Plug Your Money Holes !


The number one item that American families choose to spend money on after Required Living Cost  is that of the children.

Young children do not require that much to be happy and healthy.

Any child age 10 and above is old enough to start pitching in with chores in order to help pay for many of the additional things that are required as he gets older plus the needs. The overall basic concept of money should be taught as young as 5 . Save Some , Give Some , Spend some.  The last category for adults is bills.  Make certain even a child as young as 5 can understand he should want to give Mommy a gift for Mother’s Day or her Birthday and if he/she sees these types of expenses as his bills of early life then he will understand how things work. When a child gets older there are even more expenses for example when my son was 11 he wanted to take an extremely advanced math course (the school district allowed him to do it) the requirement for the course was a calculator that in 1997 cost just over $100 I took the cost of the item new divided it by three and that is how much of the calculator cost I offered to pay for him . He found the calculator at a pond shop for $50 with my $37.00 that made the cost out of his pocket to take the course that he wanted to take  $13.00  this $13.00 that he had to pay in this calculator also made him not loose it unlike his classmates parents who had to buy three or four of these in one year due to lost.  I applaud my son for finding the item at a local pond shop and for figuring out the cost to him was much cheaper that way (of course this was the same kid who was a whiz at math!)

This same approach as listed above helps tremendously when purchasing groceries for teens / junk food for teens  and various other social related cost associated with a teen growing up. I bought all the main groceries for the household and for the junk food I would limit the amounts greatly for example sodas come 6 to a pack in the bottles I would buy each child their favorite soda at the beginning of the week. That gave them one for each day (and if they wanted one on Sunday they had to buy the one additional) Both of my children opted to drink the soda in this way one each day for lunch and one for Saturday and then they would always buy themselves one for Sunday. If they had a friend over after school they had green tea (which I had made but alway put in the Arizona bottles and water with slices of lemon again in special bottles in the fridg. This could be offered for guest or they could share the soda but again there would not be an additonal soda boughtout of the family grocery money if they choose to share, it would be out of their own personal money. In this manner again they very quickly learn what things cost and how to stretch a dollar.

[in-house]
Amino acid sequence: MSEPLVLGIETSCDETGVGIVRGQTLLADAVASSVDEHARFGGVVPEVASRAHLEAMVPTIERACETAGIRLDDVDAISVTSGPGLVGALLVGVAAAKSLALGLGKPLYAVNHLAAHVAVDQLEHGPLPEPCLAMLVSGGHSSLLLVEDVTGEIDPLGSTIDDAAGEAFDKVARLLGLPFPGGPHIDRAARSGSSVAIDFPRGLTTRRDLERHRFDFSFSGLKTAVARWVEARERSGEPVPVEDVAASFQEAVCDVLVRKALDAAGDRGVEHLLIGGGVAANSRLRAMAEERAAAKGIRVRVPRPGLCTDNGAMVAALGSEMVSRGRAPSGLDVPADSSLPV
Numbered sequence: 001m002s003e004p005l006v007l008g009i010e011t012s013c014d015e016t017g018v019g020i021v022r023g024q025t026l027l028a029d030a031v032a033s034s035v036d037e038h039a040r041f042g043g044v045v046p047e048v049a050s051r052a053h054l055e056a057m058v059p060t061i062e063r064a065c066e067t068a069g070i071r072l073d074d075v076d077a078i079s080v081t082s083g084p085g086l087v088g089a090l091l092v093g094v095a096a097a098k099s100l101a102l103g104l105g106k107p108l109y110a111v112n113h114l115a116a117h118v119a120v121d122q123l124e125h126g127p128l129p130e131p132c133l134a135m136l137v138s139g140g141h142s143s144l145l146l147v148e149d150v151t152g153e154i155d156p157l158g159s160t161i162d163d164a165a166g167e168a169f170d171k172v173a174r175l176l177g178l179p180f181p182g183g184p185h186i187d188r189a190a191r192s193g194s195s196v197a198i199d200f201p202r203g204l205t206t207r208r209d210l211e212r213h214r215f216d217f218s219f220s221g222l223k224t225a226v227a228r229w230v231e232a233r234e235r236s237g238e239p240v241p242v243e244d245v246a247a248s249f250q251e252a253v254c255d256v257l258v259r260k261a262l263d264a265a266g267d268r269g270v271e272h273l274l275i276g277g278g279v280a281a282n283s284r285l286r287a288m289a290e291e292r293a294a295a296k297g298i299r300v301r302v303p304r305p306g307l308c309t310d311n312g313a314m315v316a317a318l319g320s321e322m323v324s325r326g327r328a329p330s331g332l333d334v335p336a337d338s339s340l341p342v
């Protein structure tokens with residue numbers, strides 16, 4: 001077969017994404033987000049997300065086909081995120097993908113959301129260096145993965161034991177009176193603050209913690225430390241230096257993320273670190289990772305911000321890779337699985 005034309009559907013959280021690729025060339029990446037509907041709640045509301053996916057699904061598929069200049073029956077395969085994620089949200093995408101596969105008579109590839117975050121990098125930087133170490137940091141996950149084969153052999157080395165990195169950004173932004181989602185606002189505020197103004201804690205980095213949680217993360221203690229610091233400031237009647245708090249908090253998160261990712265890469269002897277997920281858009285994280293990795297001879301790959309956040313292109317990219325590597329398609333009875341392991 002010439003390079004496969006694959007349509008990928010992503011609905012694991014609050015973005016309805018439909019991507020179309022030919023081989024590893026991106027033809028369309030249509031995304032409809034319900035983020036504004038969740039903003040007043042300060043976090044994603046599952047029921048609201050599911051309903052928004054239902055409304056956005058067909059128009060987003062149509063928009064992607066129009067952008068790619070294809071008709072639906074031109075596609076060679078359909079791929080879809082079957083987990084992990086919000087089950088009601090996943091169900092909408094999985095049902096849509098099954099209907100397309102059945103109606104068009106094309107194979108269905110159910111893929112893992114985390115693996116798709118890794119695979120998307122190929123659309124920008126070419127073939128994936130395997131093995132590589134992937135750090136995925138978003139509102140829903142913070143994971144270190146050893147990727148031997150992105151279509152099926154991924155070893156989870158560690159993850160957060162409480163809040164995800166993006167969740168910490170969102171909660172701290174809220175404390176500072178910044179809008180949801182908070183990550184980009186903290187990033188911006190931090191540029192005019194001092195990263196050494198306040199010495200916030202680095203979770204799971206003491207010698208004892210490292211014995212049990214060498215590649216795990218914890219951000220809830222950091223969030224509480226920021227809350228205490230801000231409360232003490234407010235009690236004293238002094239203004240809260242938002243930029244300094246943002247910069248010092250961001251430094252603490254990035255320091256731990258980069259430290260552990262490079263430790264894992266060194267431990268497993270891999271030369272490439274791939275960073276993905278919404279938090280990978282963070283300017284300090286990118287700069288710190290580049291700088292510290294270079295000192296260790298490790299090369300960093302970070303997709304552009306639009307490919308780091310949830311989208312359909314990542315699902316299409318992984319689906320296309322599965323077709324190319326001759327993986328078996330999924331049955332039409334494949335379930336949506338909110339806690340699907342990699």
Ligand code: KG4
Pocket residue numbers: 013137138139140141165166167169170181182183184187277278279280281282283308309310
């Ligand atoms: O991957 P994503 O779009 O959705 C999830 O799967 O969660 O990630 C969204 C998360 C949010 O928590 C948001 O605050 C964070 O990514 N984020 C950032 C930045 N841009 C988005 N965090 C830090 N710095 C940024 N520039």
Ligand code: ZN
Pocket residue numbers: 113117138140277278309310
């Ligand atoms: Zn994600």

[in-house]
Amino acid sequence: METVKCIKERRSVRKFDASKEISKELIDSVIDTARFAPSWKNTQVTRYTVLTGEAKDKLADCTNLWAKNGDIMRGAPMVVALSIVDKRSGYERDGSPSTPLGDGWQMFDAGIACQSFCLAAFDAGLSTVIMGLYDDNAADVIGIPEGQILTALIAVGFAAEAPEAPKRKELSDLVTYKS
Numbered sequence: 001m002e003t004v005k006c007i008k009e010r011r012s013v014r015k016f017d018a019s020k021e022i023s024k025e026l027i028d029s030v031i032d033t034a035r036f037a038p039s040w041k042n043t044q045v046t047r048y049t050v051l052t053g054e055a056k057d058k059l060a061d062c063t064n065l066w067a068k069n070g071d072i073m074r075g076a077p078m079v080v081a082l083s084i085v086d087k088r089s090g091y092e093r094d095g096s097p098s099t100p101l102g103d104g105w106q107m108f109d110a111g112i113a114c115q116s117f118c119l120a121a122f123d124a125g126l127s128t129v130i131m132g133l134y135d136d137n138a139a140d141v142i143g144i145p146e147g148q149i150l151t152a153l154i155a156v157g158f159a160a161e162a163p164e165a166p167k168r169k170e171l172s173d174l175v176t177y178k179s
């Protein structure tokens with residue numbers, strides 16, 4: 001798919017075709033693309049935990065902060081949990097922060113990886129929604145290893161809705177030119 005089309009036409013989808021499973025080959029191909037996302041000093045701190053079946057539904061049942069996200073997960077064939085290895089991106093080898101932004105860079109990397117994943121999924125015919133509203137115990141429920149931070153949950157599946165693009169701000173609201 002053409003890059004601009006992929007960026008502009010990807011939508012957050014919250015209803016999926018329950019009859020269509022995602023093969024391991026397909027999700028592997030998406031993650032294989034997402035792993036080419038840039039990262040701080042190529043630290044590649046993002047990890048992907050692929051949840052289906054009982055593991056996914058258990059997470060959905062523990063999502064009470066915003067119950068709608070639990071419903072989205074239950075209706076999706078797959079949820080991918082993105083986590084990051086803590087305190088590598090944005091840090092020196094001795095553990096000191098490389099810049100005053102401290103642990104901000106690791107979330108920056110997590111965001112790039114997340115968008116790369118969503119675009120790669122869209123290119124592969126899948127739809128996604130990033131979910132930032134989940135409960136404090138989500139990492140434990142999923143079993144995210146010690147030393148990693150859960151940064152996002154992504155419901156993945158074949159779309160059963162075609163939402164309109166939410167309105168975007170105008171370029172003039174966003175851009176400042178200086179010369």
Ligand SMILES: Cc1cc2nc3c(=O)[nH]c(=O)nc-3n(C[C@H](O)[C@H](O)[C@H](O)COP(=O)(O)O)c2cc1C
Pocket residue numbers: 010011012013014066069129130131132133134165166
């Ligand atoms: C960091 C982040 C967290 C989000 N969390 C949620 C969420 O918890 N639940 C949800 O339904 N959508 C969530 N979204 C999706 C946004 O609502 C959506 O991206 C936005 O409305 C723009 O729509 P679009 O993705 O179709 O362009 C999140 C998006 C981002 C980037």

Now let’s say Junior is old enough to go off to college (instead of putting the child on an allowance / that they all seem to go over on) (I personally figured it out exactly as  I had with the groceries and the calculator) I would send a care box about every three months (this box would be full of items that the growing college kid needed  bathroom items , kitchen items etc.. I could fill the box using all coupons and getting the items free or really cheap then I would put one hundred dollars  in the college aged kids bank account ) The way I figured it was this: if they went out with friends one time per month for a movie or a meal or some drinks (if they are over 21 ) they could spend $30 on each of those outings. Have $10.00 left over for needs and still be ok with the cash I had sent and the box I sent. If they “needed” more they had to go work for it.  I had a number of friends who sent $300 to $500 per month and it was never enough no matter how much they would say they were sending for allowance the child was always back on the phone and begging for more. I did what I wanted to do to help them thru school and I managed to save for retirement. Which is the greatest gift you can give them so you are not a burden to them in your old age.

It is a wise parent who prepares their children for the future.

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